Also, the Amazon version of the story is almost, but not quite, completely unlike the Silmarillion. There are characters with the same names and general appearance, but it is not Tolkien's Middle Earth (Midgard). The Amazon version is a travesty that seems intended to keep people from reading the real books by boring them to death.


Stu29573 said...

Oops....That was me. Too early in the morning, I guess!

JB said...

JG said it all, and much better than I could, about the Silmarillion; definitely a textbook, not a story. I can see consulting it for some obscure Middle Earth fact. But the Silmarillion is not something you read for enjoyable recreation. I barely got through it the first time... and now I've forgotten most of it.

JG said...

Thanks JB


Major Pepperidge said...

Melissa, I got home too late to watch the Monkees special, now I am just thinking about my cozy bed and new fuzzy blanket. It sounds like you are right, those crazy Monkees were riffing!

JG, I’m glad to see that I am not alone in being disappointed in the Amazon series… I gave it a fair shot (I believe) watching the first three episodes. It just didn’t grab me. There were things that I liked, but more things that I did NOT like. The idea of seeing Galadriel as a cool warrior sounded pretty neat, and yet I found her to be sort of unlikeable and not very smart. “I’ll barge into a place, and demand that people do what I want, instead of being diplomatic and convincing them that what I want is what they want too”. I still might peruse the Simarillion, mostly out of curiosity, but my best friend LOVES Tolkien and he said he can’t really recommend it. I clearly enjoyed LOTR without any of that additional knowledge, because I used to reread the whole series every few years!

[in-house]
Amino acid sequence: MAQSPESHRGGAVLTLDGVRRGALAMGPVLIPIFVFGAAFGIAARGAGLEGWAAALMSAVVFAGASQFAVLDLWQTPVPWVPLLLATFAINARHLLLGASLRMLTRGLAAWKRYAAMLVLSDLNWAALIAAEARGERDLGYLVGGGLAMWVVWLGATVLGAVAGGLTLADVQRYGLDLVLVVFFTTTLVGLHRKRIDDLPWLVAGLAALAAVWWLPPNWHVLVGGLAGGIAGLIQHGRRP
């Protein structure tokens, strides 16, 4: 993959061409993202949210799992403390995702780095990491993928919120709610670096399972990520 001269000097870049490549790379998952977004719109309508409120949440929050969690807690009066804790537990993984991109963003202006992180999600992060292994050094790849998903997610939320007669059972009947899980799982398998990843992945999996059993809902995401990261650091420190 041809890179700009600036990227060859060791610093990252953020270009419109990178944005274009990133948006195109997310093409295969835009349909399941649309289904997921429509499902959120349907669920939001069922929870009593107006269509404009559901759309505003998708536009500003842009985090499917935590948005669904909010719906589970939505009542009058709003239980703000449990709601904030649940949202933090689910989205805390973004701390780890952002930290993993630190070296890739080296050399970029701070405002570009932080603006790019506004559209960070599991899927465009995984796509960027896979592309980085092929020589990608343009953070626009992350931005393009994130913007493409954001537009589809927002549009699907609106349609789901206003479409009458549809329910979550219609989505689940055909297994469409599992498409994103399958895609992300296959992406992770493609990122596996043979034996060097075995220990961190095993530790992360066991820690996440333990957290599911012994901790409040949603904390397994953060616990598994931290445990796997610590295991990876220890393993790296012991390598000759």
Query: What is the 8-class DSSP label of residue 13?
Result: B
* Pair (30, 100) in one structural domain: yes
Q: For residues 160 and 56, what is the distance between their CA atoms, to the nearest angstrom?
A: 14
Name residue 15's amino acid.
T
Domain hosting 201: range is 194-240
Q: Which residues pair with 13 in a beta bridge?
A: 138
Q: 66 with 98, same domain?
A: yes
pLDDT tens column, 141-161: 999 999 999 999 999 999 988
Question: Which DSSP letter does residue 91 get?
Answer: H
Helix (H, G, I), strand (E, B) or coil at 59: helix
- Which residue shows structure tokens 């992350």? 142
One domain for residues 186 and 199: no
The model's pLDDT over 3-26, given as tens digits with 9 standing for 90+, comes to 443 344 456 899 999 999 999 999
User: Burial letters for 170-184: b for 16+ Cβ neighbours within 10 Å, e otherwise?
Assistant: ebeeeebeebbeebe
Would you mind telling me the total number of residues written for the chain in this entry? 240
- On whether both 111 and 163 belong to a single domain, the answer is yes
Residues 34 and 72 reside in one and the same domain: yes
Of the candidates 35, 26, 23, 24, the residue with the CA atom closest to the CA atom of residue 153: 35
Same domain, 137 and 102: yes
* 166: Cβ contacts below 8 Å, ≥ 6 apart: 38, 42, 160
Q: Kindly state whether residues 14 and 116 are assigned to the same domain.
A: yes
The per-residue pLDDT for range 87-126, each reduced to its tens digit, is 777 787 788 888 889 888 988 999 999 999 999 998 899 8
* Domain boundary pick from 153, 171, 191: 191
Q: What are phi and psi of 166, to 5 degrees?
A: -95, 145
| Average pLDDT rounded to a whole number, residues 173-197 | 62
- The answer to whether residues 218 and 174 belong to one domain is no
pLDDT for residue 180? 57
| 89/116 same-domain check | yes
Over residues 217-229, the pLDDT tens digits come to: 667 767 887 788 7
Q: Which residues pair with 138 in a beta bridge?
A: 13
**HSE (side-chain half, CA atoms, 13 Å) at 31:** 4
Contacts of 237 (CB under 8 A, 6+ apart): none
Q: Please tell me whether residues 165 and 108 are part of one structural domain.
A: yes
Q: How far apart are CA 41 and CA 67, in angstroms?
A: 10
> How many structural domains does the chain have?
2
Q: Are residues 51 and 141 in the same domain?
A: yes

Stu29573, I should have known!

JB, it sounds like the Simarillion is really aimed at those folks who are such die-hards that they actually wind up learning to speak and write in Elvish! I’m not one of those people.

JG, should I read the “Twilight” series? ;-)

JG said...

Major, I think you’re completely right, you can enjoy LOTR without the Silmarillion.

We learn there that Galadriel was a warrior queen and many other stories, but not essential to the later novels. The Amazon character isn’t the Tolkien Galadriel at all.

I enjoyed the backstory of the Silmaril Gems, source of the light in the glass Frodo receives from Galadriel, and namesakes of the whole book, but again, minutiae. I read it once and never went back to it, but reread LOTR regularly as you do.

And there is no need whatever to read the Twilight series. I can tell now you are just pulling my chain. LOL